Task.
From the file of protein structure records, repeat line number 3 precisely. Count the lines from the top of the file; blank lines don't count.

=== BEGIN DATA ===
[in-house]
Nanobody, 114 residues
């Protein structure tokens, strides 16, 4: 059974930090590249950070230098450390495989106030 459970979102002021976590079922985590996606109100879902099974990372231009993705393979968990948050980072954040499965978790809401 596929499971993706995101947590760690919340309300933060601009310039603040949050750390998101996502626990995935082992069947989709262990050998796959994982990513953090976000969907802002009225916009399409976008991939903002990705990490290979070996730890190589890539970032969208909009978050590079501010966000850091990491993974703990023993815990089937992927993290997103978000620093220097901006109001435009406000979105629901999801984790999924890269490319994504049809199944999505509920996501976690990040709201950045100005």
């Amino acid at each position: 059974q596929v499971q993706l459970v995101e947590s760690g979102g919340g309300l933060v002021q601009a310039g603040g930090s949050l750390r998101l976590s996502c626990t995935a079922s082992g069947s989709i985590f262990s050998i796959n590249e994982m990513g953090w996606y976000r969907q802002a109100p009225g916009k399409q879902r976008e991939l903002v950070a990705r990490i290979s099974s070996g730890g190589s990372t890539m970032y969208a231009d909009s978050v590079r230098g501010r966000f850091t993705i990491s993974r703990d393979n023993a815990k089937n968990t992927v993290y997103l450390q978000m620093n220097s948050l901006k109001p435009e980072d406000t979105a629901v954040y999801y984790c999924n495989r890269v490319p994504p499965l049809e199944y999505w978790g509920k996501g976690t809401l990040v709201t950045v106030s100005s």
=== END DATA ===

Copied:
């Protein structure tokens, strides 16, 4: 059974930090590249950070230098450390495989106030 459970979102002021976590079922985590996606109100879902099974990372231009993705393979968990948050980072954040499965978790809401 596929499971993706995101947590760690919340309300933060601009310039603040949050750390998101996502626990995935082992069947989709262990050998796959994982990513953090976000969907802002009225916009399409976008991939903002990705990490290979070996730890190589890539970032969208909009978050590079501010966000850091990491993974703990023993815990089937992927993290997103978000620093220097901006109001435009406000979105629901999801984790999924890269490319994504049809199944999505509920996501976690990040709201950045100005």